- Special Reports
After nearly a decade of financial strife, media misrepresentation,
and structural challenges, the University of the District of Columbia
(UDC) received some positive encouragement regarding its future.
The twenty-one-year-old predominately Black university had its
accreditation approved by the Commission on Higher Education of the
Middle States Association of Colleges and Schools after much
speculation that UDC might not reopen its doors next fall. Worries
about accreditation arose in June 1996, when an $18.2 million deficit
forced massive program cuts and layoffs.
On the heels of a Clinton Administration rescue package granting
the university nearly $40 million in support, the commission restored
UDC’s full accreditation late last month.
University officials were pleased with the announcement, noting
that the public’s general perception of UDC has been, in many cases,
mishandled by the media, contributing to its struggle to retain
“It’s important to note that the only reason warning was given to
us in the first place was because the commission was unsure of the
financial support base for the school,” explained Dr. Beverly Anderson,
vice president of academic affairs and the university’s provost. “We’re
pleased because a lot of people were unsure of why our accreditation
was coming into question — it was an uncertainty agitated by [the]
media that our academic standing was in question. This gives us a
chance to clear the air.”
In the midst of Washington, D.C.’s, fiscal crisis and the
development of an overseeing body known as the District’s Financial
Control Board, the campus community as well as the city’s citizenry has
been concerned in recent years about the plight of the only public
university in the nation’s capital. When the control board began
assuming authority over most of the city’s operations late last year,
much of the District endured significant cuts in services and programs.
UDC’s overall budgeted income from the city had already decreased
from $76 million in fiscal 1992 to $43 million in 1995. UDC suffered a
$30 million budget hit in 1996 and was again told to cut an additional
$16.2 million within twelve months of the first cut. In its attempts to
survive, the university laid off faculty and staff and cut programs and
“We’re going to have to cut off some fingers and toes,” said Dr.
Reginald Wilson of the university’s Board of Trustees last year. “But,
the university will be saved.”
Additionally, UDC endured an image crisis.
“Print media used the information in a way that distorted the
problem,” Anderson said. “The slant regarding the warning was taken
that our students are not achievers and that the school offered a
substandard education. It created a greater strain on enrollment.”
In the fall of 1996, enrollment stood at 7,600 and dropped to 6,000
by the spring semester. In comparison, enrollment was at 14,000 in 1980
and dropped to 10,000 by 1995.
Area activists, student leaders, local public servants, and UDC
leadership have long insisted that the university is a primary
wellspring of opportunity for working and older students. Yet, as
recently as June, the control board debated whether to keep the school
as a four-year institution. The debate, cuts and restructuring left
students and faculty in limbo.
“I felt like I was a kid in the middle of a bad divorce between my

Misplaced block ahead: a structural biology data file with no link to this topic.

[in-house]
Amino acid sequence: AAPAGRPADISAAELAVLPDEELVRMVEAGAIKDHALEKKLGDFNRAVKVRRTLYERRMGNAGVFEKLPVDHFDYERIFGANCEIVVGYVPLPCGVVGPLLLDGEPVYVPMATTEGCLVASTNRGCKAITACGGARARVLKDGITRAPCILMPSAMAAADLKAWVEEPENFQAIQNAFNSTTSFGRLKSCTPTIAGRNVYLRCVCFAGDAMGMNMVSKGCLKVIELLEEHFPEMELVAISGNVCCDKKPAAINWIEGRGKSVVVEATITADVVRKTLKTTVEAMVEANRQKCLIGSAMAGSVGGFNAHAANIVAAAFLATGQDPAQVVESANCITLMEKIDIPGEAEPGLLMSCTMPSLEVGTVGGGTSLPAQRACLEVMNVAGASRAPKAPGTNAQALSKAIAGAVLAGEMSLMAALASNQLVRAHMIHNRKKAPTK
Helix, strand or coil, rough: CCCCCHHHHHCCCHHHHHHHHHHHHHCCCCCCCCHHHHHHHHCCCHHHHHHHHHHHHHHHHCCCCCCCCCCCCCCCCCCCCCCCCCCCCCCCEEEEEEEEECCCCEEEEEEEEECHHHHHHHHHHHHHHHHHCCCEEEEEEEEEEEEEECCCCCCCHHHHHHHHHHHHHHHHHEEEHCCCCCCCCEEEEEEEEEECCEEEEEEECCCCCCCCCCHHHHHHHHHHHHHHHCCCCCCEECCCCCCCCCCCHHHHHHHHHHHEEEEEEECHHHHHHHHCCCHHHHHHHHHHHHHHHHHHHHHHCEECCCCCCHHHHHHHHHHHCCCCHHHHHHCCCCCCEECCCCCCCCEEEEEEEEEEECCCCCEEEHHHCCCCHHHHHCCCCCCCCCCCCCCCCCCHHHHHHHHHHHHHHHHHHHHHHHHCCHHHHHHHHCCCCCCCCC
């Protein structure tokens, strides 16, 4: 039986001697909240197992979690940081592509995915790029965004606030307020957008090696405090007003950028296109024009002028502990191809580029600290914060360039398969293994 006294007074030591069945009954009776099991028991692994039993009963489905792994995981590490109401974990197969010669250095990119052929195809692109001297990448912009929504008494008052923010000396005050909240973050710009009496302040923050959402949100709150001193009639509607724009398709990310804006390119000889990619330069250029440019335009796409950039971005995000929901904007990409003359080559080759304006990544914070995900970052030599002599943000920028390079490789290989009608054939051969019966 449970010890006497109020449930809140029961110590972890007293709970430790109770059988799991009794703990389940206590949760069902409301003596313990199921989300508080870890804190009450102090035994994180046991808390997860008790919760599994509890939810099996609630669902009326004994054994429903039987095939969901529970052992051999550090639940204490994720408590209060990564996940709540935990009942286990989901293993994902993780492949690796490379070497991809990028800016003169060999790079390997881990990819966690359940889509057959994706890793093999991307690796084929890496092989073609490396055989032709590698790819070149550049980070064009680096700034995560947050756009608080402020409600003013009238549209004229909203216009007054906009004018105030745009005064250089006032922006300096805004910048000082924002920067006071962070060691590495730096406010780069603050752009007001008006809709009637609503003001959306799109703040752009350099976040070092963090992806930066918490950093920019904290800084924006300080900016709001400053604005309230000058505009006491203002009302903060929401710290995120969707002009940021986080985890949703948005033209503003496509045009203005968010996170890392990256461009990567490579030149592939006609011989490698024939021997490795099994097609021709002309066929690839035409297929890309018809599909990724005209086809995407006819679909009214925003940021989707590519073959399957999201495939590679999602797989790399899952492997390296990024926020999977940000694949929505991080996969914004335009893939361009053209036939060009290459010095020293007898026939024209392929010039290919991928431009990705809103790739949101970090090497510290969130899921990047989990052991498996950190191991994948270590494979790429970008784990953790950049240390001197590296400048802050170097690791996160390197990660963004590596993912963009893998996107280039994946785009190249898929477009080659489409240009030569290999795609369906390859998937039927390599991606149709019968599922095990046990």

parents,” said Veronica McDonald, a journalist and 1996 graduate of
UDC. “We were all wondering what would happen with our futures. And the
worst part was that we knew that our education was quality. It was as
if the parents were doing a great job in raising us, but all anybody
else saw was fighting.”
Mark Thompson of UMOJA, an independent political party with strong
roots in UDC, has been fighting for UDC’s survival for more than five
“Supporting UDC and its future is a matter of what is right for the
people of the District and the future of the nation,” he said.
Still, the outcry from these sources alone did not seem enough to
alter the tumultuous course of UDC. In the eyes of many Washington
decision-makers, Howard University is seen as the primary Black school
in the District while UDC has been perceived as an “academic stepchild”
who is far too needy and not as bright. The average UDC student is
twenty-nine years old with a full-time job.
Motivating area leadership and mobilizing broad-based support were
the beginning of the turning tide for UDC. In addition to voices that
had been stating the case for the school, others come to bear.
“We believe UDC should continue to be a four-year university and
that the faculty should have more say in its future,” Dr. George E.
Holmes chair of coalition committee organized to support UDC and head
of Howard’s American Association of University Professors said to Black
Issues earlier this year. The coalition garnered support from the
area’s academic community, as well as local and congressional political
Although a number of leaders had already been involved in efforts
to support UDC, the collective actions placed pressure on the Clinton
Administration, the U.S. House of Representatives, the Senate
Appropriations committee, and the Control Board to restore financial
support to UDC.
“Much of what is happening started with the federal government,”
Anderson explained. “But city official and people who UDC can identify
with have come out and responded.
“The decision-makers have come out and issued their financial
support. Remember that even when we had to make the $16 million cut, we
raised over $29 million in grants from the public and private sector,”
she continued. “Those are sources that never stopped believing in UDC.”
COPYRIGHT 1997 Cox, Matthews & Associates
© Copyright 2005 by DiverseEducation.com